Serving up sponsorship dollars

As advertising and marketing strategy has evolved over the last 30 years, the world of sports sponsorship has undergone a big transformation from the time when brands merely paid to be associated with “cool” events or people in sports and entertainment. With habits changing and consumers watching less live television, brands are forced to shift advertising spend to find new ways of engaging potential customers.

As a marketer, sports fan and New Yorker, it’s hard not to notice the various sponsorships and new technologies employed to engage tennis fans as the U.S. Open, which kicked off August 26 and concludes Sept 9, is in town. The U.S. Open is a signature tennis event. It is the fourth of four grand slam events, or majors, in the sport, and it is the only tennis grand slam in the U.S.

Given the audience in attendance and viewing elsewhere, the event draws premier sponsors including American Express, Chase, Citizen, Emirates Airline, IBM, Grey Goose, Mercedes-Benz to name a few. Worldwide spending on amateur and professional tennis tournaments this year is predicted to top $700 million for the first time, up 18% from 2009, according to IEG. These sponsorship deals do not include contracts between individual players and companies — Serena Williams, Roger Federer, Rafael Nadal and Maria Sharapova are just a few of the big names who participate in this event and see huge endorsement deals. In fact, Roger Federer ranks 2nd on the Forbes World’s Highest-Paid Athletes list, Maria Sharapova is at #22 and Serena Williams is #70.

So what does this mean for brands making investments in the sport and its athletes? Tennis fans* are a highly engaged advertising audience for starters; they are:

  • 50% more likely to say they are more likely to buy products that sponsor sports teams and sports events
  • 97% more likely to have noticed non-video ads in sports stadiums and arenas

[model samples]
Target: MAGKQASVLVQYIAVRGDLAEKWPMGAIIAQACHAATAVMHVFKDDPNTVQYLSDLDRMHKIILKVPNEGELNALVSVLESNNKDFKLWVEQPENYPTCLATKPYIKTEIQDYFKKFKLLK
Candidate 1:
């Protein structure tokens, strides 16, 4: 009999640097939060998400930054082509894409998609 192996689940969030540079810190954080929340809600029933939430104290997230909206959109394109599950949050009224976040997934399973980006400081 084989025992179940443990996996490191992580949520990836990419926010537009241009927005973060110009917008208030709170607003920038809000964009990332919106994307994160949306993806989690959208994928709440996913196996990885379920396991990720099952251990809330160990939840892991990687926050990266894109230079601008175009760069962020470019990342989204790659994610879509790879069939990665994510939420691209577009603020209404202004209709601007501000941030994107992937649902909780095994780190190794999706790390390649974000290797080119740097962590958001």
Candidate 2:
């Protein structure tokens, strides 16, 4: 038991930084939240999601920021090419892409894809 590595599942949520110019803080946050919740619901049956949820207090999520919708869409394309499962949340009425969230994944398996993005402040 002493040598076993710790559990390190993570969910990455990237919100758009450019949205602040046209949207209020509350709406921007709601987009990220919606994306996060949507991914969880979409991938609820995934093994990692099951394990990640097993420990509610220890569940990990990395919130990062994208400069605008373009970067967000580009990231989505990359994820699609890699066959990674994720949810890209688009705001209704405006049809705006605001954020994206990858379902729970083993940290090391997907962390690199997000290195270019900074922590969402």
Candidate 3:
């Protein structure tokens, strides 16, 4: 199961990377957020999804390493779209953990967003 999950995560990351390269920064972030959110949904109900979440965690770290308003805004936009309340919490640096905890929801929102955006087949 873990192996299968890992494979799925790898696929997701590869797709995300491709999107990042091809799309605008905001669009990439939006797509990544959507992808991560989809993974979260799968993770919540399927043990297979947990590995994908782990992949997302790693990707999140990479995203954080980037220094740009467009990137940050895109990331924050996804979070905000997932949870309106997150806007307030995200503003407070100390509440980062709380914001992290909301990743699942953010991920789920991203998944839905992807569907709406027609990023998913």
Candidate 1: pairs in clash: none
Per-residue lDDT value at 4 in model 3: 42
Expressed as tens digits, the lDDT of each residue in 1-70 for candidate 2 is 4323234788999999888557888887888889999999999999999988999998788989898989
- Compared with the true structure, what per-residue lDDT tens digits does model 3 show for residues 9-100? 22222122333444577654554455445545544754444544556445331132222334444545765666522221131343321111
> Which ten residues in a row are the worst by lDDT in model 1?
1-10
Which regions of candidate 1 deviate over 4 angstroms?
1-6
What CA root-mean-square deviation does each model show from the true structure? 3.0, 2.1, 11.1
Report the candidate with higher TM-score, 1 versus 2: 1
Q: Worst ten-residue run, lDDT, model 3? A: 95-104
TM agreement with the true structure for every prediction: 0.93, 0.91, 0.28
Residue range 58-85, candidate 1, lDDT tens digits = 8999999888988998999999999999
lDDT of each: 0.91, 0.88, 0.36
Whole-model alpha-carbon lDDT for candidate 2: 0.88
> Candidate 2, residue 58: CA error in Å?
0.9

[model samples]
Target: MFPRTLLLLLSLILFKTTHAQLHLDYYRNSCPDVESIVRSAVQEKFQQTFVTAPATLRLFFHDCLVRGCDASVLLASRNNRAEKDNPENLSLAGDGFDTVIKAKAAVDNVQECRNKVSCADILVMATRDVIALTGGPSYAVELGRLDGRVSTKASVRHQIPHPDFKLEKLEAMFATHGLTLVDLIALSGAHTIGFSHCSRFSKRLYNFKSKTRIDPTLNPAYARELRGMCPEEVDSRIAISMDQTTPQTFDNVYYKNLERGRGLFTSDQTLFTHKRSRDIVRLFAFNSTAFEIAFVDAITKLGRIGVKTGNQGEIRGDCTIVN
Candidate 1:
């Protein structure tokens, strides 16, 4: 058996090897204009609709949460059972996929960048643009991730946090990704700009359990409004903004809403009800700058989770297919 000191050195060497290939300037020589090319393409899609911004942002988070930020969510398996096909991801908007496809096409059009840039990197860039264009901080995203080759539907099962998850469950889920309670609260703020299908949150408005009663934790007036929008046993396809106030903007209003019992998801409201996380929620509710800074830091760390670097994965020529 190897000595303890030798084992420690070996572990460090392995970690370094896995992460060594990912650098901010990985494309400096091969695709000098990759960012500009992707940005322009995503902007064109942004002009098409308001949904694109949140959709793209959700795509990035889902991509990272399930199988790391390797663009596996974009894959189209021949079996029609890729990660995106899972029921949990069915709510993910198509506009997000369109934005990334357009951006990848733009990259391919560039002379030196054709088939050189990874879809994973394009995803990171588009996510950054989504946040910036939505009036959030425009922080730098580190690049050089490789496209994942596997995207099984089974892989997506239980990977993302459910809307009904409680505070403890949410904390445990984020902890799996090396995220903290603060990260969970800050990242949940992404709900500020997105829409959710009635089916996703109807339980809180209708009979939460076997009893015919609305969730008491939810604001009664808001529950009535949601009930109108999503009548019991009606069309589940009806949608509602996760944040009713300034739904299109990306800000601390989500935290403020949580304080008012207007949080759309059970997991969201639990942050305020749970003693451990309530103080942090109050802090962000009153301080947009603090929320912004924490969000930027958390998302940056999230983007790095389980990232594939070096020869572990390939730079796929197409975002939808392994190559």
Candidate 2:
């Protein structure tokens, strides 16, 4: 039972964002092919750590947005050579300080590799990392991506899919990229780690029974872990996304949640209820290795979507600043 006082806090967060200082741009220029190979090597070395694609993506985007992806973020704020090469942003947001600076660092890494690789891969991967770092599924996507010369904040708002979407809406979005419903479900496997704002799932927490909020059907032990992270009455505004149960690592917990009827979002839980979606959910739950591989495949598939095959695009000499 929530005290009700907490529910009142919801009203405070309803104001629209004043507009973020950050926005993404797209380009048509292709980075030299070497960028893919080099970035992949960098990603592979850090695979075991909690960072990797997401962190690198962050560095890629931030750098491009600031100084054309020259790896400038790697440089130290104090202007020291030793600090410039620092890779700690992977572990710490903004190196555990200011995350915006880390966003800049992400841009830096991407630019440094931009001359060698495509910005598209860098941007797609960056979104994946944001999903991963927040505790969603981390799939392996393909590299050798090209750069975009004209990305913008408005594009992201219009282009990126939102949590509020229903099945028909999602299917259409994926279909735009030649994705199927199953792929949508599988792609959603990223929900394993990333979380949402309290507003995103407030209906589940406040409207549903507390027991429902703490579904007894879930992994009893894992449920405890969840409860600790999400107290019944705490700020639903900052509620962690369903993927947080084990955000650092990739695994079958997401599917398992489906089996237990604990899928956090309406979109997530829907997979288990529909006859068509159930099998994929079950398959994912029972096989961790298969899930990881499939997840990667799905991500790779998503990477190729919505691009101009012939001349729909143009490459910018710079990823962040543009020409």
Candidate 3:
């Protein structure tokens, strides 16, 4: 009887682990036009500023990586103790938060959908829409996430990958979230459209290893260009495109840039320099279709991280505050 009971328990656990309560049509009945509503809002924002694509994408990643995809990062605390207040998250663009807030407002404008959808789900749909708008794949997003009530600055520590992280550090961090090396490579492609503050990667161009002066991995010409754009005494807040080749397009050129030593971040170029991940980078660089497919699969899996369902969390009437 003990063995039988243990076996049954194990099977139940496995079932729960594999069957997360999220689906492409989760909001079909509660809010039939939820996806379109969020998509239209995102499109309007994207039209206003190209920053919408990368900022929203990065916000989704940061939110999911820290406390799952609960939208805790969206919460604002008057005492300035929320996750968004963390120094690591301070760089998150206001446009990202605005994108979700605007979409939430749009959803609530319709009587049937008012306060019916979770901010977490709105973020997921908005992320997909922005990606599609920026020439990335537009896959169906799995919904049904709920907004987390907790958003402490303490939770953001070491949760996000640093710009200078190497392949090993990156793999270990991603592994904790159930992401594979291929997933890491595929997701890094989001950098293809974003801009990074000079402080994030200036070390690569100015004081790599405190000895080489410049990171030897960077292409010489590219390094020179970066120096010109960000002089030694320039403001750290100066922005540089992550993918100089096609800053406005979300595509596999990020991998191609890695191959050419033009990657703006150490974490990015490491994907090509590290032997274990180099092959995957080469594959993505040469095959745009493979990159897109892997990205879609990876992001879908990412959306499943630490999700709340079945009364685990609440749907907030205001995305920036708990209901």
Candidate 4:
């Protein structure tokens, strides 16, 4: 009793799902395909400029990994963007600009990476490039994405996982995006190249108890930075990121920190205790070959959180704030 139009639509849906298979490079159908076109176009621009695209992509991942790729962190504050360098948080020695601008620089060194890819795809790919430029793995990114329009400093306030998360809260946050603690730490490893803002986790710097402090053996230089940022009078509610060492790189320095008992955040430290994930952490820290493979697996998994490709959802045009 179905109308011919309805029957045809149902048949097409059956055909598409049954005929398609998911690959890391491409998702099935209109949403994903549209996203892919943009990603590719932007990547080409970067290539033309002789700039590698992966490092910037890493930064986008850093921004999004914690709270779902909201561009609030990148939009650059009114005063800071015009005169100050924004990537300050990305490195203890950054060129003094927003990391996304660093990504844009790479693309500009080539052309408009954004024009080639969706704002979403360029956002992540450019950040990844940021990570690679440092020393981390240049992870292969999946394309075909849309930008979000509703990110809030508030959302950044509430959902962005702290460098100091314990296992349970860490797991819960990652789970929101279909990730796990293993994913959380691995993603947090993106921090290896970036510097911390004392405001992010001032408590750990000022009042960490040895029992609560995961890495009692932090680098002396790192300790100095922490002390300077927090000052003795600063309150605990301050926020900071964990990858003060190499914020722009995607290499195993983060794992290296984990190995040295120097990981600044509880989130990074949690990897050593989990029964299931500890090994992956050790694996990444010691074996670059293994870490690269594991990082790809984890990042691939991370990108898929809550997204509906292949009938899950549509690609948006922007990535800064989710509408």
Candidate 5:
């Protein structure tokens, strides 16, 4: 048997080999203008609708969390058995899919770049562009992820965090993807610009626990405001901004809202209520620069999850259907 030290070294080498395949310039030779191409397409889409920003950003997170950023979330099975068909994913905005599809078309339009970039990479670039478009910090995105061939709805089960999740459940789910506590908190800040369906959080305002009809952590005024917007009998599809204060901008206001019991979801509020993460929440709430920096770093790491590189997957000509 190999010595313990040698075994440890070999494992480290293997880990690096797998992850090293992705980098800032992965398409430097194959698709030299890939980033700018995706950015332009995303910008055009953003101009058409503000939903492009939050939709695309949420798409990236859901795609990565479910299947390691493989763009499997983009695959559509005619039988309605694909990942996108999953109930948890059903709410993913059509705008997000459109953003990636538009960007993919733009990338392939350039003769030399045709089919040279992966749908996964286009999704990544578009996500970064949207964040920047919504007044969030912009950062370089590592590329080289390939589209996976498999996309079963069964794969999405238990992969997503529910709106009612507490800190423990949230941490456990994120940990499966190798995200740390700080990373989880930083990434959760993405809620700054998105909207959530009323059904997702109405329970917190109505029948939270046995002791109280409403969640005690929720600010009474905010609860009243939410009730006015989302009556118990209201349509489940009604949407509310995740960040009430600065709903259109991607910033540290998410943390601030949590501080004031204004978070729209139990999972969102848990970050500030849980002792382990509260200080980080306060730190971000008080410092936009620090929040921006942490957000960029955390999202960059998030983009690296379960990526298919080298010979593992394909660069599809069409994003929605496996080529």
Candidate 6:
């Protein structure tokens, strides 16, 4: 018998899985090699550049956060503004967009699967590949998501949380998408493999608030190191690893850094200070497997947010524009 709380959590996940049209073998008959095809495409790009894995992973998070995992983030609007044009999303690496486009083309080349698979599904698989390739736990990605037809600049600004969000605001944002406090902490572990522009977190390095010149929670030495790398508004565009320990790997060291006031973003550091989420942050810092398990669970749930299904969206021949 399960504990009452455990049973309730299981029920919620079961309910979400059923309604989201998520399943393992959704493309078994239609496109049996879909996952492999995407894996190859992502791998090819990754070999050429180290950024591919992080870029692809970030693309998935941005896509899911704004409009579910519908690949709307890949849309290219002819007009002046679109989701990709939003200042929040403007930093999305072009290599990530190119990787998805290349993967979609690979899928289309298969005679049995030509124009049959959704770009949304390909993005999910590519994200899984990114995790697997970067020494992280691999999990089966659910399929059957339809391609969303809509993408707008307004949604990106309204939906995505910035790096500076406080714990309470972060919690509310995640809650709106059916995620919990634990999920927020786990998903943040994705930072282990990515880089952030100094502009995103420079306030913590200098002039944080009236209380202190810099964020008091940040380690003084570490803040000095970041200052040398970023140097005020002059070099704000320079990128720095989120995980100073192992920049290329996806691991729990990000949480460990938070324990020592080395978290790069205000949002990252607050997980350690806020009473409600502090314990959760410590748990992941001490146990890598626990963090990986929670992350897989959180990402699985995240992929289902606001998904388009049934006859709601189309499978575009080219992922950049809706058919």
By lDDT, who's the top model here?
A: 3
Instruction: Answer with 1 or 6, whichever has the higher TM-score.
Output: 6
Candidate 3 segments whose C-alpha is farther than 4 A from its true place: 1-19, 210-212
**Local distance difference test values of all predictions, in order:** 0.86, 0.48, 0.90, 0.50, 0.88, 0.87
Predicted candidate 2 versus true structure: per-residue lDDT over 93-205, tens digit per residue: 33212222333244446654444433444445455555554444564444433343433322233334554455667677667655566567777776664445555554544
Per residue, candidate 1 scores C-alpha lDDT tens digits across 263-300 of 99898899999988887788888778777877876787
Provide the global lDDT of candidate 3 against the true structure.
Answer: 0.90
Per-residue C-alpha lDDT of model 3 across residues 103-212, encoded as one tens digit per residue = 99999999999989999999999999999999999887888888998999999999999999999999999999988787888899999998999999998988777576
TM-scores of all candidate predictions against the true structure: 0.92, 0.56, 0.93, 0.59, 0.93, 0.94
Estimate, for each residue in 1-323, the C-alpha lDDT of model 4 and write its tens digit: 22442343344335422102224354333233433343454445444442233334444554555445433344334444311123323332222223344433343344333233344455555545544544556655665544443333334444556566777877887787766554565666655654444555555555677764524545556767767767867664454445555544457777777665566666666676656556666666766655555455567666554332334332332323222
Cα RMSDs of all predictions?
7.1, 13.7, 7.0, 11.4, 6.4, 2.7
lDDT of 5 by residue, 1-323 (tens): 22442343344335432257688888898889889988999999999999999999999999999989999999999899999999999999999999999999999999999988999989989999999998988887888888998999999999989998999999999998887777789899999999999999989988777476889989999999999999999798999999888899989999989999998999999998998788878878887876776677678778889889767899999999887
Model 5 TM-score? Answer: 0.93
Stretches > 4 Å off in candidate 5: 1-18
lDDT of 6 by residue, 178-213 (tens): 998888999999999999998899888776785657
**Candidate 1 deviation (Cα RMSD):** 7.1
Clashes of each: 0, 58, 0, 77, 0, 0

• 84% more likely to have noticed video ads in sports stadiums and arenas
  • 41% more likely to rely on their cell phone to keep up with news & sports
  • 38% more likely to agree they are likely to purchase products they see advertised on their cell phone
  • 34% more likely to say that they find TV advertising interesting and quite often it gives them something to talk about

According to Experian Marketing Services’, tennis fans are 58% more likely than average to say that they like to buy the same products that celebrities use. So as the tournament nears the finals this weekend, monitoring search activity around particular athletes can provide deeper insight on who captured the interest of Americans and the information people want to know about them. As players advance, who can maintain their fan following?

In the week prior to the start of the tournament, the top 10 list of U.S. Open athlete searches appears to be the usual top performers.


Source: Experian Marketing Services’ Hitwise U.S.

After the first week, we saw 17-year-old Victoria Duval’s surprise win in the qualifier catapulted her to be the top-searched U.S. Open athlete. Will the hype around her withstand now that she was eliminated last Thursday?


Source: Experian Marketing Services’ Hitwise U.S.

The top websites receiving traffic from the athlete-related searches are mostly media sites, with Twitter and Wikipedia in the top 10, as consumers are likely trying to find out more about the players.


Source: Experian Marketing Services’ Hitwise U.S.

As marketers evaluate new opportunities to engage today’s highly-connected consumer, insight about consumers’ attitudes and behavior will help design, plan and deliver better brand experiences that are more personal, convenient and fun. 

Get more insight on what you need to know to infuse your marketing campaigns.

*Tennis fans are defined as adults who watched tennis on TV in the past 12 months, attended a tennis match, or are very interested in tennis. Source: Experian Marketing Services Winter 2013 Simmons Connect

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